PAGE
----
There’s Always Room For Cello

“Ah, Juilliard.  It was like prison, but with cellos.”  ~Robin Williams

Yesterday, somewhat plagued by the darkness in this world and the mind-boggling disrespect mankind has for human life, I found myself listening to the Benedictus of Welsh composer Karl Jenkins’s The Armed Man: A Mass For Peace. Classical music is a balm to a ragged soul, after all.  The first few minutes, during which only a cello sings a mournful melody (with a touch of flute and other strings), are transporting.

Soul soothed, albeit temporarily, I began thinking about the cello and what a beautiful instrument it is, then wondered about its provenance…

The first cello-like instrument emerged in northern Italy in the early 16th century. Until then, the violin’s earliest precursor, the viola da braccio, was the instrument of choice.  Artisans such as Andrea Amati, Gasparo da Salò and Paolo Maggini wanted to expand the violin’s sound to deeper ranges, thus the instrument had to be built on a much larger scale and the violoncello (“big little violin”) was born.

By the end of the 16th century, a standard bass violin (violone) had been established and was often partnered with the violin in the music of that day.  Wire-wound strings were invented in the mid-17th century in Bologna and produced a much louder sound with more ring than the conventional gut strings.  It was then that the first real cellos were built and used for solo performances.  Violones were literally sawed apart and resized to fit the new design.  But by 1710, Antonio Stradivari unveiled what became the design and proportions of choice, and it is the famed luthier’s design which remains in use today.

By the turn of the 19th century, performance experience had led to refinements in design, including a higher string tension (producing a clearer tone), a thinner, taller bridge and a sharper neck angle.  The end of the 19th century saw the invention of the endpin for resting the cello on the floor, whereas previously the instrument had been held between the calves.  The endpin proved essential for stability and height during playing.  In the 1920s, steel strings gifted the cello with longer-sustained notes, clearer sound, and amplified volume.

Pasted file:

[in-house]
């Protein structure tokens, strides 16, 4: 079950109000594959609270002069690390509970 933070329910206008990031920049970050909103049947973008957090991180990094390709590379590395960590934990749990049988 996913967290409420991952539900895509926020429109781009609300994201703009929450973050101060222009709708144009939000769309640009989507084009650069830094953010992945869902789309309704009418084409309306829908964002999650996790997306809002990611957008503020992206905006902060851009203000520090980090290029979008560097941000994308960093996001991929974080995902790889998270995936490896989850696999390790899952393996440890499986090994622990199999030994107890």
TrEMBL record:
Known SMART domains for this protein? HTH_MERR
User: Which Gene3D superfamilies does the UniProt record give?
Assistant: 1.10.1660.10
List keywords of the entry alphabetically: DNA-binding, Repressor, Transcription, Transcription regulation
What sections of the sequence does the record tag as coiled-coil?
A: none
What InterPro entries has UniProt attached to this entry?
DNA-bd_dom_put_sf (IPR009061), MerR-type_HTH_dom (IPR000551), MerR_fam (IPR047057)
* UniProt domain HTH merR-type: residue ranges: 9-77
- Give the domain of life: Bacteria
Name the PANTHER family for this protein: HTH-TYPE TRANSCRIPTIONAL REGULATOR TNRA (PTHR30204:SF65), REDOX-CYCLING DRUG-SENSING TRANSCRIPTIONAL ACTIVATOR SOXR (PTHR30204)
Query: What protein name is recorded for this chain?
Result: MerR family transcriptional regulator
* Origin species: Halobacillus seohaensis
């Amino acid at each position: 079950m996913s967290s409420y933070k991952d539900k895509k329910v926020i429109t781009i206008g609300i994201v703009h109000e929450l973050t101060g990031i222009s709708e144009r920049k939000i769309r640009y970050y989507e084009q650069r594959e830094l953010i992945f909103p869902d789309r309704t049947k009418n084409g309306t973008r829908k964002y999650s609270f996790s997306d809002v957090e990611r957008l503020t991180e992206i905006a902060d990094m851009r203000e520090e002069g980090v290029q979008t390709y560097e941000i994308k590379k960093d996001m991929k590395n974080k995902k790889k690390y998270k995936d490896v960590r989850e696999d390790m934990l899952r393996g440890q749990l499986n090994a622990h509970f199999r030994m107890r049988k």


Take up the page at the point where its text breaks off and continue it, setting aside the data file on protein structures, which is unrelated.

In 2012, a Stradivarius cello built in 1707 and one of sixty surviving of its kind, sold at auction for well over six million dollars. Nicknamed “The Countess of Stainlein“, it was once owned by violinist Niccolò Paganini. In 1822, it nearly suffered an untimely and malodorous demise in a Milan city dump. In the late 1990s, it underwent a meticulous two-year restoration.

Perhaps the most widely known and beloved music written for the cello are the Six Suites for Unaccompanied Cello by J.S. Bach.  Other landmark compositions include Dvorák’s Cello Concerto (a front-runner here at Sib Rev), Haydn’s Cello Concerto No. 1, and Saint-Saëns’ Cello Concerto in A Minor.  And for those of you who claim you have never listened to the cello, queue up “Good Vibrations”, “Eleanor Rigby”, or “Strawberry Fields Forever” for a classical sneak-up.

Lastly, after all of this highbrow music history, I would be remiss if I did not mention the phenomenon that is the styrofoam cello.  Far from the days of Stradivari, an ingenious student at the College of Ghent has found a truly unique way to amplify the sound of this lustrous and honored instrument.  Happy weekend, dear Revelers!

The Countess of Stainlein, one of sixty surviving Stradivari cellos.

The Countess of Stainlein, one of sixty surviving Stradivari cellos.

Advertisements

Son of a Mendel!